> actually using a system that is "semantic-aware" (e.g. serving and 
> consuming RDF) so right now making those mistakes doesn't really "break" 
> anything.  Most data providers are using traditional databases or even 
> Excel spreadsheets where the DwC terms are just column headings with no 
> real "meaning" other than what the data managers intend for them to 
> mean.  So if a manager has a table where each line contains a record for 
> a specimen and has a column heading for a column entitled 
> "dwc:catalogNumber", there isn't really anything other than an idea in 
> the manager's head that the catalogNumber is a property of a specimen or 
> Occurence or CollectionObject.  If each line in the database table is 
> "flat" such that one specimen=one CollectionObject=one Occurrence, all 
> that is required to make catalogNumber be a property of a 
> CollectionObject instead of an Occurrence is a different way of thinking 
> in the managers mind because there are really no semantics embedded in 
> the table.  We are already doing this kind of mental gymnastics with 
> existing classes like dwc:Identification .  If our hypothetical database 
> manager has a column heading that says "dwc:identifiedBy" in the 
> specimen table, that is really a property of dwc:Identification, not 
> dwc:Occurrence but again that is a distinction that is only going to be 
> made in the manager's mind.  Making the distinction really only becomes 
> an issue when the database stops being "flat" for a particular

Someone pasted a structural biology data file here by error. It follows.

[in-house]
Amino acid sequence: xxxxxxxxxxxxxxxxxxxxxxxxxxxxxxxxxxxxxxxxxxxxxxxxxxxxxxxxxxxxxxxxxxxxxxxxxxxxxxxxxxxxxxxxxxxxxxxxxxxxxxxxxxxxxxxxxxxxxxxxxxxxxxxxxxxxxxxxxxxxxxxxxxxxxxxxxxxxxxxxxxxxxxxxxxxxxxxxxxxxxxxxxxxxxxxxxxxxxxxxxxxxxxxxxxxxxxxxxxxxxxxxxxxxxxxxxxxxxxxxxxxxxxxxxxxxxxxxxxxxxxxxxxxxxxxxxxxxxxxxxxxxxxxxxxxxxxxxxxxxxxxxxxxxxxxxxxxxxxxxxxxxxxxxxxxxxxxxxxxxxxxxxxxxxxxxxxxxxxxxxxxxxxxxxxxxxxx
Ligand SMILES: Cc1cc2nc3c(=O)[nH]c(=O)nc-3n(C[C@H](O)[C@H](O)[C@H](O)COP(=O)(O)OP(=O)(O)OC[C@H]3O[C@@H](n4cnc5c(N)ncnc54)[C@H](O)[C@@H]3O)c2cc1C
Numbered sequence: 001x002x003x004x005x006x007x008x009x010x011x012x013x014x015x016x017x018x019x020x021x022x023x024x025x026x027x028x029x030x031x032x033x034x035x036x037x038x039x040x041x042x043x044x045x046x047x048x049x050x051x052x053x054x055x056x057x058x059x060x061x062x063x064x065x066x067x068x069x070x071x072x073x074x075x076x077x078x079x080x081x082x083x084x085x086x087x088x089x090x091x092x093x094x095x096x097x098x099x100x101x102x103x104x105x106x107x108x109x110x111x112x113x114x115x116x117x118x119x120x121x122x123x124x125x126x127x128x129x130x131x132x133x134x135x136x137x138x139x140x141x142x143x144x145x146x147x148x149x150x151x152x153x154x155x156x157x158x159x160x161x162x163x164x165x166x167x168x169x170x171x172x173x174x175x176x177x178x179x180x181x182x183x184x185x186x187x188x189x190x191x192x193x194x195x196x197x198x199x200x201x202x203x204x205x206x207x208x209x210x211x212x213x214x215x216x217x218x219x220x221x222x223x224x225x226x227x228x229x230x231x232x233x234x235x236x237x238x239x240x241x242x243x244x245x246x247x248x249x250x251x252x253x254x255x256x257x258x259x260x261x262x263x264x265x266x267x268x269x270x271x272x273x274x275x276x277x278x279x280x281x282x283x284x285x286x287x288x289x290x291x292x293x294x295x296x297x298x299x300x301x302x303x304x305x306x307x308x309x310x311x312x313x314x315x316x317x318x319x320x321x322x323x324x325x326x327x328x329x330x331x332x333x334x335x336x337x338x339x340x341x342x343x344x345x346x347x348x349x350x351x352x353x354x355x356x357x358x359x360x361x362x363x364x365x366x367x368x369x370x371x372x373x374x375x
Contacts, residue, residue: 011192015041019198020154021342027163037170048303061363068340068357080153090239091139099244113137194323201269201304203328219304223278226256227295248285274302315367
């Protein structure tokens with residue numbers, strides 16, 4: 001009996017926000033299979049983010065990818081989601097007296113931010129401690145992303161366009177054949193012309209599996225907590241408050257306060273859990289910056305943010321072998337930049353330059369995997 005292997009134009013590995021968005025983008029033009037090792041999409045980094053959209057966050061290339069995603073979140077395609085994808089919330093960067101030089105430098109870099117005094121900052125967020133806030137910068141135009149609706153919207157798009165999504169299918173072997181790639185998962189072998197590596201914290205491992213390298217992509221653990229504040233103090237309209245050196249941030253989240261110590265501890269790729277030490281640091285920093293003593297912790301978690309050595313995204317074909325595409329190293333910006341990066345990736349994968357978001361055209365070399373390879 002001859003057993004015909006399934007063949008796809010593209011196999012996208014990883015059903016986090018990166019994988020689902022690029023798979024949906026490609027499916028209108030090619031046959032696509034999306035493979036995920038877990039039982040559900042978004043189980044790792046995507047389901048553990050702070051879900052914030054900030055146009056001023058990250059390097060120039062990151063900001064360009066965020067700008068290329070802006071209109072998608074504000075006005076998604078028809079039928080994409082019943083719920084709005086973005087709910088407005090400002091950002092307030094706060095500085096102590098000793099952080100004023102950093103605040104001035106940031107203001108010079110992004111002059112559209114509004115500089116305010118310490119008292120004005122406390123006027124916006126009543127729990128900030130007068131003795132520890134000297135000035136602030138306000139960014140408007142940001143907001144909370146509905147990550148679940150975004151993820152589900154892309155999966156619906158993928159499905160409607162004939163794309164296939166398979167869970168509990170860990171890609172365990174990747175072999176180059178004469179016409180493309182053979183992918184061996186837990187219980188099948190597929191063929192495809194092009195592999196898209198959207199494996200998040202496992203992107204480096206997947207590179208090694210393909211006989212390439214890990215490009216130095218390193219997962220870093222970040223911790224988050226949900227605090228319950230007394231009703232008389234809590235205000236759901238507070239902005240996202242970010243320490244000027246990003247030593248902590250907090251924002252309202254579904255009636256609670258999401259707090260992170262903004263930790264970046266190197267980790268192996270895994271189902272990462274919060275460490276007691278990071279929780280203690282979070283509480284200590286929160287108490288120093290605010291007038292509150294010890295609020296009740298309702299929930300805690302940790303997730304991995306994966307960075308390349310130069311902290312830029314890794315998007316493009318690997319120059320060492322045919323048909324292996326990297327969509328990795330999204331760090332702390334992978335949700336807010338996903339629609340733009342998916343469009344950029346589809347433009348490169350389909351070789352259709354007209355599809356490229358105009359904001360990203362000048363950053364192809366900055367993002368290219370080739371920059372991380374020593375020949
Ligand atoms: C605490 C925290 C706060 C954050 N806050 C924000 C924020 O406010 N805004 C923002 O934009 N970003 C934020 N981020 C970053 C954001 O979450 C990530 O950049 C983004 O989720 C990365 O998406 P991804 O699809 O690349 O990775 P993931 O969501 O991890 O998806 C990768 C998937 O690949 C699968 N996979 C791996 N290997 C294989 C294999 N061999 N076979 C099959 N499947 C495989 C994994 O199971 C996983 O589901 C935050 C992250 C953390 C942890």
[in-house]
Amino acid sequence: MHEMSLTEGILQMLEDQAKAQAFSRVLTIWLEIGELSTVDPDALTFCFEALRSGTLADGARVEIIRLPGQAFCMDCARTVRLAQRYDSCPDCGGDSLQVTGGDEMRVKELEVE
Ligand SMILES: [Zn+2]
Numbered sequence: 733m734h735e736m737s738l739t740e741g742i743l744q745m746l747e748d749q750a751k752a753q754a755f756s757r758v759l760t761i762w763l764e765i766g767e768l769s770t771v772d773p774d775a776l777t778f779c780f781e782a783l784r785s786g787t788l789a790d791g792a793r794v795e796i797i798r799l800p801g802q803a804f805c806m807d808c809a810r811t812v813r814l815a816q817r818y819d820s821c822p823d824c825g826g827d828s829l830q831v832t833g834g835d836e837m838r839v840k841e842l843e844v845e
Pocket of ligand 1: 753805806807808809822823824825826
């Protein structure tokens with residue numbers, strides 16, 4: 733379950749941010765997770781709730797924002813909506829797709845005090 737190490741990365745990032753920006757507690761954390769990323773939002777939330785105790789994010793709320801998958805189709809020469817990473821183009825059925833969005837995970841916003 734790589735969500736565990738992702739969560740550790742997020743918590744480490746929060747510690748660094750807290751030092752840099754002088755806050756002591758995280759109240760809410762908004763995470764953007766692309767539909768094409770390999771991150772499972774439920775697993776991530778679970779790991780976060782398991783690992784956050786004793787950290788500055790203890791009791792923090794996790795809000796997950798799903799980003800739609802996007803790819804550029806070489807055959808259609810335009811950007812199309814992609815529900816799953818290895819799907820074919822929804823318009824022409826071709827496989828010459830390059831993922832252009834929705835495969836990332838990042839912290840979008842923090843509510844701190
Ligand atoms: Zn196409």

> relationship, e.g. if the database wants to allow multiple 
> Identifications per specimen record.  Then the database structure must 
> be changed accordingly to accommodate that "normalization".
> What we have here at the present moment is a situation where data 
> providers don't have any way to have anything but "flat" records where 1 
> specimen=1 Occurrence=1 Organism.  By adding the Organism and 
> CollectionObject classes, we allow people who need or want to have less 
> "flat" (=more "normalized") databases to have something to call the 
> entities that are represented by the new tables they create to handle 
> 1:many relationships instead of 1:1 relationships.  Anybody who only 
> cares about 1:1 relationships really doesn't need to worry about the 
> fact that the new class exists, just as people currently don't have to 
> worry about the Identification class if they only allow one 
> Identification per specimen in their database.
> So I guess what I'm saying is that if a database manager has a table 
> labeled Occurrence, they really don't have to freak out if we now tell 
> them that their table actually should be labeled CollectionObject as 
> long as there is only one CollectionObject per Occurrence.  They didn't 
> freak out before when we told them that they should call their table 
> "Occurrence" instead of "Observation" or "Specimen" in 2009, did they?
> I think what I'm saying here is what Rich was trying to say in the 
> paragraph I quoted, but I'm not sure.
> Steve
> -- 
> Steven J. Baskauf, Ph.D., Senior Lecturer
> Vanderbilt University Dept. of Biological Sciences